Save Money & The Planet? Climate & FinTech Startup Creed To Debut Budget Planning & Emissions Tracking App
3 Mins Read
Have you ever thought about how you could make a positive impact with your money? London-based startup Creed is about to debut its new mobile app aiming to do just that, combining finance with climate impact management. Features on the platform include spending management, carbon footprint tracking, offsetting emissions and more.
Set to launch soon, the new Creed mobile app is on a mission to make saving, spending and growing your money synonymous with making a climate positive impact. How, exactly? The app lets you connect to all of your online current accounts, saving accounts and credit accounts, putting them all in one place to make it super easy to manage everything at once – from the money you spend to the footprint of all your transactions.
It breaks down where your spending leads to the greatest carbon emissions, which then also makes it easier to know how you can minimise your personal footprint. Not only does it automatically group, categorise and calculate your carbon footprint from your spending, Creed offers you prompts containing advice on how to reduce your emissions, such as choosing to walk instead of getting on a taxi, or opting into a carbon offset subscription.
More than 30 of the leading banks and credit card providers are compatible with Creed, making its coverage pretty widespread – 97% of the U.K. market, to be exact. Some of these include American Express, Barclays, HSBC, Lloyds, RBS and Natwest.
The app is built by banking veterans who collectively have over 50 years experience building secure banking applications and systems.Creed
While it hasn’t launched yet, the startup says that 1,000 people have already signed up to register for the app, which will be available on both Apple and Android mobile devices at £1.25 (US$1.77) per week. After the launch, Creed also plans to extend its services to begin offering spending and investment tools in the latter half of 2021.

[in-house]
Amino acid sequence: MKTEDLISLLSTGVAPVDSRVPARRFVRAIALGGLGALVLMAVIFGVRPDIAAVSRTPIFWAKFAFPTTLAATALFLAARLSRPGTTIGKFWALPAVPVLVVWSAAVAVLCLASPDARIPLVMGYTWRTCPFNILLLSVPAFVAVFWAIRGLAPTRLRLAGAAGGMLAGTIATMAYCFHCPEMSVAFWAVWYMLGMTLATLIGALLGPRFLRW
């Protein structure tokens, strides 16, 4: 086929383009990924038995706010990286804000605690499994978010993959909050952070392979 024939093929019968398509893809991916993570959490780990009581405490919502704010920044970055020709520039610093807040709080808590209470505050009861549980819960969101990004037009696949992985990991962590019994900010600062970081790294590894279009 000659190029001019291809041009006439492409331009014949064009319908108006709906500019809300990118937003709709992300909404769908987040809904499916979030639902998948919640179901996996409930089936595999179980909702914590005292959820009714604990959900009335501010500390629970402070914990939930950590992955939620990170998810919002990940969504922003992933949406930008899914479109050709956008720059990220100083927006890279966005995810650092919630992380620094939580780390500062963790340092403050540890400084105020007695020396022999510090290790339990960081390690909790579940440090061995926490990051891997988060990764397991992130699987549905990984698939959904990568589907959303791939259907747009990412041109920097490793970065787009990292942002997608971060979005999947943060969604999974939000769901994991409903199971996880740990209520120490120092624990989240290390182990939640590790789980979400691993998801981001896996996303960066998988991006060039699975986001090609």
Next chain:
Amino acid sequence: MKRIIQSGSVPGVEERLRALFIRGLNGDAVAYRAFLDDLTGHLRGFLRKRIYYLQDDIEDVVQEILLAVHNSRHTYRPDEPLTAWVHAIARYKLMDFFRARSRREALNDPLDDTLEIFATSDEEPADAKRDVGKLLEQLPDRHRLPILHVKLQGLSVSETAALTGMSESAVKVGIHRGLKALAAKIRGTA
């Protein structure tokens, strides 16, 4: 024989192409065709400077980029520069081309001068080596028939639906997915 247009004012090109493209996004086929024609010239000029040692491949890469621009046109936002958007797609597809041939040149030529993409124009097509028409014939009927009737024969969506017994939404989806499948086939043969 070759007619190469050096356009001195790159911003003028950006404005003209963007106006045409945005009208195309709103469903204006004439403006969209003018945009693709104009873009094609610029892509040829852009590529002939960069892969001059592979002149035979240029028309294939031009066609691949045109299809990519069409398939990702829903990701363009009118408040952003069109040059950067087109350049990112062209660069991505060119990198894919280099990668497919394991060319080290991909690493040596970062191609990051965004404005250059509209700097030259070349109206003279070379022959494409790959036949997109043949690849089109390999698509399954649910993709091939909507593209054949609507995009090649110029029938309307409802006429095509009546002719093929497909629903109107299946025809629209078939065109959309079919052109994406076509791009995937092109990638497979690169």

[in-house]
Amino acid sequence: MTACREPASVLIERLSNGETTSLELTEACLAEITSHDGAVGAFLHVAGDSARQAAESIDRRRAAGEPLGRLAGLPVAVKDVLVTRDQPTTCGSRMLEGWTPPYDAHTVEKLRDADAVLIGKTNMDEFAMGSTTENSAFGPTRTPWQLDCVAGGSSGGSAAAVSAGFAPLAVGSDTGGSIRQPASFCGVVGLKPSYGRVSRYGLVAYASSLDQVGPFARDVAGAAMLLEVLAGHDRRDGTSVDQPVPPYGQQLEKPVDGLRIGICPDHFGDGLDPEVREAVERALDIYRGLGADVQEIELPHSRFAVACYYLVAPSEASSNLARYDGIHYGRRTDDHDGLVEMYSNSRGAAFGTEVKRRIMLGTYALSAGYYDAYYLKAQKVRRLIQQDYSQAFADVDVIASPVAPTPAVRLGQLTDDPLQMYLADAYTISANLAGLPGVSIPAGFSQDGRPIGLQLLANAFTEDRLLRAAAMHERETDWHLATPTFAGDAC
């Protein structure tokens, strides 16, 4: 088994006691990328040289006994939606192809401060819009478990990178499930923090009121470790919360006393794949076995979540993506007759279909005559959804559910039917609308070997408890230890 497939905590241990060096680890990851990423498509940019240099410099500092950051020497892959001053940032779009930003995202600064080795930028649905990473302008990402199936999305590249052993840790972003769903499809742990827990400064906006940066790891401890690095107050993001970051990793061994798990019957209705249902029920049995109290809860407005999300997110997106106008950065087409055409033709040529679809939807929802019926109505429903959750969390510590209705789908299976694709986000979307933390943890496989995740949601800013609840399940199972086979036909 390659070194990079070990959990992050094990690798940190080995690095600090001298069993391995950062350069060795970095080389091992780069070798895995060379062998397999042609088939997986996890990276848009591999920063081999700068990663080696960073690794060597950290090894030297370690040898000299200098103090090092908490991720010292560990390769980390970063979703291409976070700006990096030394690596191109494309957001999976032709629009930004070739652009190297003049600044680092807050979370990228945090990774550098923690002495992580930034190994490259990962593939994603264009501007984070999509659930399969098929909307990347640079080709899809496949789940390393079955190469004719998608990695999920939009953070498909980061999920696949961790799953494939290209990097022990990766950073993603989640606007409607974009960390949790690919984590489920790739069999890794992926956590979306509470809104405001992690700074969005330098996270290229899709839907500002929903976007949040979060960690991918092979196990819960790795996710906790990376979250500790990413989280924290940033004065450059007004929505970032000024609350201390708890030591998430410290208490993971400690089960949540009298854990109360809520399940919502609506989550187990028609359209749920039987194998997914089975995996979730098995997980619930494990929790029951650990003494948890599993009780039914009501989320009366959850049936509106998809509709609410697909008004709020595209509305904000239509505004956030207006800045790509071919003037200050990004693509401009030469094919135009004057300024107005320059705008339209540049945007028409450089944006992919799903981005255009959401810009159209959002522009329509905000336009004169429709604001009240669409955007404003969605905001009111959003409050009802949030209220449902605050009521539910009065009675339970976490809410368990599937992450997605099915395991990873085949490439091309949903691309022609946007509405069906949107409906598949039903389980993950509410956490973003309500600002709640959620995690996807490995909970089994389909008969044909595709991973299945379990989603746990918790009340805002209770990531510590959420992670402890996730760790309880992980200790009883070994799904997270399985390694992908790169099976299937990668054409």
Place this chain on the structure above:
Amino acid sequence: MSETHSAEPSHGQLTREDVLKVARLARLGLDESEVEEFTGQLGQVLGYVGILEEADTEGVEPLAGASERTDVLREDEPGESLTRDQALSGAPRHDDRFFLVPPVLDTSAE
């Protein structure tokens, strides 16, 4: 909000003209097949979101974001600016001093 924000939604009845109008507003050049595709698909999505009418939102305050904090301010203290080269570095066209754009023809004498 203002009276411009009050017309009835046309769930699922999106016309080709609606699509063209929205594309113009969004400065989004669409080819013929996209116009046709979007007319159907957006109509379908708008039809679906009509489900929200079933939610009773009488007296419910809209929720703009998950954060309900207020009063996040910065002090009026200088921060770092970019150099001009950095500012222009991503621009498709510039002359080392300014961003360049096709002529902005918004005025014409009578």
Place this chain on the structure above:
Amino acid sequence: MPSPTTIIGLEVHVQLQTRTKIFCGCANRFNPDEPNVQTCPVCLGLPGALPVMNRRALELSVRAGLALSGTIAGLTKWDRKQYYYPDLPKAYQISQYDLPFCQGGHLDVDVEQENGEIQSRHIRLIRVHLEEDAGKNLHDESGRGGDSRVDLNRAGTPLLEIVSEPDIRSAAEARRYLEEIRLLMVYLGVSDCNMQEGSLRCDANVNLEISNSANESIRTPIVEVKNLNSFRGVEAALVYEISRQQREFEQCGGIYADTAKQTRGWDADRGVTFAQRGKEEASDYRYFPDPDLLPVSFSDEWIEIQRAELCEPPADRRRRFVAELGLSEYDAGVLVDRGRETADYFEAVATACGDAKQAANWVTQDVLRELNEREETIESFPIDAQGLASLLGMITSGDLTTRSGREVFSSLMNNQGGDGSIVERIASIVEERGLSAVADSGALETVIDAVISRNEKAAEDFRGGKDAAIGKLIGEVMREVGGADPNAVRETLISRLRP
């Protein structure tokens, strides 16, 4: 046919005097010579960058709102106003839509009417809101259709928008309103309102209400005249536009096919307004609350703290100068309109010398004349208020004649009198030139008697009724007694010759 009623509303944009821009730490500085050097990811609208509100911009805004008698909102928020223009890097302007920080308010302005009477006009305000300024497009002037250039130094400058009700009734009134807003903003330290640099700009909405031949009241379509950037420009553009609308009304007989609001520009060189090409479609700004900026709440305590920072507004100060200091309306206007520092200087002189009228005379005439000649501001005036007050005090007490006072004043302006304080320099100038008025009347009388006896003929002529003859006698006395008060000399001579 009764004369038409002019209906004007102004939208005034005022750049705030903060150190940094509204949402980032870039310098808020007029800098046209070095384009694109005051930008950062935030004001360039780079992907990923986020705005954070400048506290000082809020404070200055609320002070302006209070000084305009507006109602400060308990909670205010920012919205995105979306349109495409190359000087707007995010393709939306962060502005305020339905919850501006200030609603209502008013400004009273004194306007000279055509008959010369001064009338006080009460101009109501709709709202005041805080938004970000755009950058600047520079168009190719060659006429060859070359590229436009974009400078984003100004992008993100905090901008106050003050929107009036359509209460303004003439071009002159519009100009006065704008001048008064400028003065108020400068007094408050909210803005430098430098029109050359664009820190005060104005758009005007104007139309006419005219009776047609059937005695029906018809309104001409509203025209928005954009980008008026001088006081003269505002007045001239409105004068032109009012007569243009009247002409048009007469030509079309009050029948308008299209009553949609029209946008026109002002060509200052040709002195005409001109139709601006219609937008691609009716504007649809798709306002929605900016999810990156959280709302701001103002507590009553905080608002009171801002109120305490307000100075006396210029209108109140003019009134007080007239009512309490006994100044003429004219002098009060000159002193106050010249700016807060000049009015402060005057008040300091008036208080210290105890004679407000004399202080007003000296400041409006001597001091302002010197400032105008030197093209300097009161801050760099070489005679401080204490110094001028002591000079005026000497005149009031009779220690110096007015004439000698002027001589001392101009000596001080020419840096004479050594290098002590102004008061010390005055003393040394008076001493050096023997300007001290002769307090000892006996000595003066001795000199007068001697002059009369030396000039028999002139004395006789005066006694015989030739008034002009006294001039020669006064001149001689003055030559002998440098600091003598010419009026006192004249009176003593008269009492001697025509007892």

For those worried about whether the app is secure, the London startup says that it currently uses the top state-of-the-art security measures, including the same end-to-end encryption that major banks have, meaning all your data is encrypted in transit and at rest.
“At Creed, the app is built by banking veterans who collectively have over 50 years experience building secure banking applications and systems,” says the website.
The upcoming launch of Creed comes at a time when conscious consumers have been demanding greener financial services, with sustainable offerings in the industry lagging behind compared to other sectors like fashion or beauty, where climate-friendly products have been emerging over recent years.
This is really about making a positive impact with my money. Excited about what’s coming up next.Emma
One Creed pre-registered member, Emma, described the app as “exactly what my generation has been waiting for,” adding that “this is really about making a positive impact with my money” and it makes her “excited about what’s coming up next.”
It also comes amid a major reckoning from both the general public and institutional investors alike of the impact of “where their money is going and what it’s funding,” as written in a Green Queen Media report on the top sustainability trends poised to take over this year. The trend has been fuelled by new data proving the superior risk-adjusted returns of sustainable investments in the wake of the coronavirus-related economic volatility.
Other green financial services and platforms that have emerged lately include Climate First Bank (I/O), a new values-based financial institution in Florida that integrates standard banking services with modern technology and takes an ESG-led approach to its operations, placing special focus on serving NGOs that are dedicated to sustainability.
Aspiration, a neobank offering 100% clean and sustainable financial services, has also been in the spotlight, bagging investment from Hollywood celebrity Robert Downey Jr.’s new climate tech venture fund.
Lead image courtesy of Creed.